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Tuesday, March 12, 2013

Adinkra Symbols(physics)

Complex ideas, complex shapes Adinkras — geometric objects that encode mathematical relationships between supersymmetric particles — are named after symbols that represent wise sayings in West African culture. This adinkra is called "nea onnim no sua a, ohu," which translates as "he who does not know can become knowledgeable through learning."
Now that we know a little bit about how adinkras can be used, we can begin to discuss what they look like. All adinkras are constructed by starting with squares, cubes and their higher-dimensional generalizations; these structures provide a "skeleton" that is then "decorated" by additional operations. Each of these decorations has a mathematical significance, which I will discuss later. For the moment, let us just concentrate on building a simple adinkra.Symbols of Power: Adinkras and the Nature of Reality


In supergravity theory and supersymmetric representation theory, Adinkra symbols are a graphical representation of supersymmetric algebras.[1][2][3][4][5] Elaborations of these graphs are reminiscent of adinkra weavings; the term is also poetically apt since SUSY Adinkras are compact fundamental physical descriptions of not only our universe but any possible universe.[citation needed]

References

  1. ^ Faux, Michael; Gates, S. J. (2005). "Adinkras: A graphical technology for supersymmetric representation theory". Physical Review D 71 (6). doi:10.1103/PhysRevD.71.065002. edit
  2. ^ S. James Gates Jr.: "Superstring Theory: The DNA of Reality" (The Teaching Company)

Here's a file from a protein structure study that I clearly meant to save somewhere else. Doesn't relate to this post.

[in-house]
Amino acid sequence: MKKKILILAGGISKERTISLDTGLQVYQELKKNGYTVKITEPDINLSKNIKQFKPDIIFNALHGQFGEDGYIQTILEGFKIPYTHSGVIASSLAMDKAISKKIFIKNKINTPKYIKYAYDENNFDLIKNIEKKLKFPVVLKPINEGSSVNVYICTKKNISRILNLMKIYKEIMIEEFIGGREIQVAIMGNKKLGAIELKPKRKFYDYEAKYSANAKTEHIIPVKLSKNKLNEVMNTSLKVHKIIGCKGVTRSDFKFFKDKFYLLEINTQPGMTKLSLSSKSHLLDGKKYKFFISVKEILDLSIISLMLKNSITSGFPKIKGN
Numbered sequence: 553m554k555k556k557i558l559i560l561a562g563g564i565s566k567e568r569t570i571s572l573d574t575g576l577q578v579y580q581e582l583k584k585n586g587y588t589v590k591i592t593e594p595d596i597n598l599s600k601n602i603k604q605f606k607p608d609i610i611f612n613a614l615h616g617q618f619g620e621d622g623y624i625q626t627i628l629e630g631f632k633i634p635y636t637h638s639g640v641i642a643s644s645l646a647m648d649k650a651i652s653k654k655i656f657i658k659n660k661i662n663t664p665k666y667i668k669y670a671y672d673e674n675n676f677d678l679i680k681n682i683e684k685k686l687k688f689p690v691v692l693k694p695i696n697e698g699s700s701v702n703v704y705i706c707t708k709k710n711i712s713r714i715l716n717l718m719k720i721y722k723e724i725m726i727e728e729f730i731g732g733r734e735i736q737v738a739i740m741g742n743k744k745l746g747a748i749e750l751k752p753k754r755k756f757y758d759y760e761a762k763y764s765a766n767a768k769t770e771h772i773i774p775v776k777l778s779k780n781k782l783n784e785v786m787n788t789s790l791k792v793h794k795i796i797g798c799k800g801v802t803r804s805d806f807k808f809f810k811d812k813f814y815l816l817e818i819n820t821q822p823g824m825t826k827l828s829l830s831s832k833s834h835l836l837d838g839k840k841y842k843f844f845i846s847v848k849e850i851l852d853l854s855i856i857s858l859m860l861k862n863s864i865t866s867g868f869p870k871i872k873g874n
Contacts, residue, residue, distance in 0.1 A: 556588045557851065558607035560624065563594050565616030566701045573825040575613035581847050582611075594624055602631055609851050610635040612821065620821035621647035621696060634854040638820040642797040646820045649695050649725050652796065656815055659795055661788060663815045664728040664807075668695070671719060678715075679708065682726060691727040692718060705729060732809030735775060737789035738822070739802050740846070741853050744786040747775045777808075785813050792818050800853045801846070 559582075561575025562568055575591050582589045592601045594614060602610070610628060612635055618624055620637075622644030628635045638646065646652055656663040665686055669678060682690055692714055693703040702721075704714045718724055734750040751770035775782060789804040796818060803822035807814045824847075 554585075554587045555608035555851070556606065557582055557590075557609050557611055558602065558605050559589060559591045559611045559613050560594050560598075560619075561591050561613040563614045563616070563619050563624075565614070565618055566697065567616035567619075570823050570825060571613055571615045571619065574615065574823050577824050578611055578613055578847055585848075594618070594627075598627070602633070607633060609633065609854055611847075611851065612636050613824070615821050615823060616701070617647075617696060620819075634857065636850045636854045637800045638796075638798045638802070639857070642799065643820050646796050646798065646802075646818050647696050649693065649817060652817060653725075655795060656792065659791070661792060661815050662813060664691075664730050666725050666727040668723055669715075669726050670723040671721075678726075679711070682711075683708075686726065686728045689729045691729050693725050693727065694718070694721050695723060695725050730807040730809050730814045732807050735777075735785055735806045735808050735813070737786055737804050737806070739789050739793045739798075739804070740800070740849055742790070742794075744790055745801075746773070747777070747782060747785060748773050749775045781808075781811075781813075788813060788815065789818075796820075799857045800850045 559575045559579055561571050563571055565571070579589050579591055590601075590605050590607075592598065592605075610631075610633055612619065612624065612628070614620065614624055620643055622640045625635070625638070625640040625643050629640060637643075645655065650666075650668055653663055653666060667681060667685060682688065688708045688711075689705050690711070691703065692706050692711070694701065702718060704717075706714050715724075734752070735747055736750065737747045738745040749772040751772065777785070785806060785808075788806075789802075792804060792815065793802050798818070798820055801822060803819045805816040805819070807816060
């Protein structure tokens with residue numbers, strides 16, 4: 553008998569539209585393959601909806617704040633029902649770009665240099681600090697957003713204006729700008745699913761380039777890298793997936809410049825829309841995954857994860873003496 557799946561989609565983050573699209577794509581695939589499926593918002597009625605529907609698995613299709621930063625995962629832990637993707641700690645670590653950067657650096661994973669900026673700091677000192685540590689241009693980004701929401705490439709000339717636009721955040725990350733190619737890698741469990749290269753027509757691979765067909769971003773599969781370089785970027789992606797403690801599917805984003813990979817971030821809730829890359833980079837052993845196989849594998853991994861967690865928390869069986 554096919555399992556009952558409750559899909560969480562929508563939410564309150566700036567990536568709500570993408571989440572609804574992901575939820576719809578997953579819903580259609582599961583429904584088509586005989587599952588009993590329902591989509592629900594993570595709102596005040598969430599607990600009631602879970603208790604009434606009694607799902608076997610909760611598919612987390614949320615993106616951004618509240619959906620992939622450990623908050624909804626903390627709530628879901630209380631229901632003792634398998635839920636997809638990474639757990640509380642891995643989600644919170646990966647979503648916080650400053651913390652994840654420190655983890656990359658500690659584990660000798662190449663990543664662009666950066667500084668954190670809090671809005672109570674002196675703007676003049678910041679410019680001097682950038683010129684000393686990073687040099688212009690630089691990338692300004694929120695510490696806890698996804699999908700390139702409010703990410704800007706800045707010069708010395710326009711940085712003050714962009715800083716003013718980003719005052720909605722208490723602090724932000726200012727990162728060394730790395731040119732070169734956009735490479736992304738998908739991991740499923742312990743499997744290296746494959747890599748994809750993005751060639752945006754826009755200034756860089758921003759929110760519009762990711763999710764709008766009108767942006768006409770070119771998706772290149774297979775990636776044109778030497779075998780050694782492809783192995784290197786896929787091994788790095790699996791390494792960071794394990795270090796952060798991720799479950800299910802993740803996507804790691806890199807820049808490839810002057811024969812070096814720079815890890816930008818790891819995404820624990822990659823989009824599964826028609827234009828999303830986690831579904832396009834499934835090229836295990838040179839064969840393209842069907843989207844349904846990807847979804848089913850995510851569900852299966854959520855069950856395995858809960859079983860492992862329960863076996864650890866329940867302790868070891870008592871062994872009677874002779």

3. ^ S.J. Gates, Jr.: "Symbols of Power, Physics World, Vol. 23, No 6, June 2010, pp. 34 - 39"
  4. ^ S.J. Gates, Jr.: "Quarks to Cosmos"
  5. ^ S.J. Gates, Jr., and T. Hubsch, "On Dimensional Extension of Supersymmetry: From Worldlines to Worldsheets"

External links



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As in context of Adinkras as a language development, Feynman drawings are illustrative of the language developed to see physic decay processes created by describing collisions of elementary particles. So one might find that history important.

In this Feynman diagram, an electron and a positron annihilate, producing a photon (represented by the blue sine wave) that becomes a quark-antiquark pair, after which one particle radiates a gluon (represented by the green spiral).


Sometimes there is a need to see the use of powers of ten to explained the drive perspective requires to levels that one might have not considered before. Maybe indeed even to abstract spaces that while not being mathematically endowed,  could take us ever deeper into the reality then we had never seen before.

Part of that process is seeing what underlays happenings within nature, that you were not aware of before and that's why the need to see quantum processes at work within context of seeing superficially at what lays all around us.

You are requiring the need to drive physics in correlation with the biological necessity of merging theoretic in physics with natural processes.

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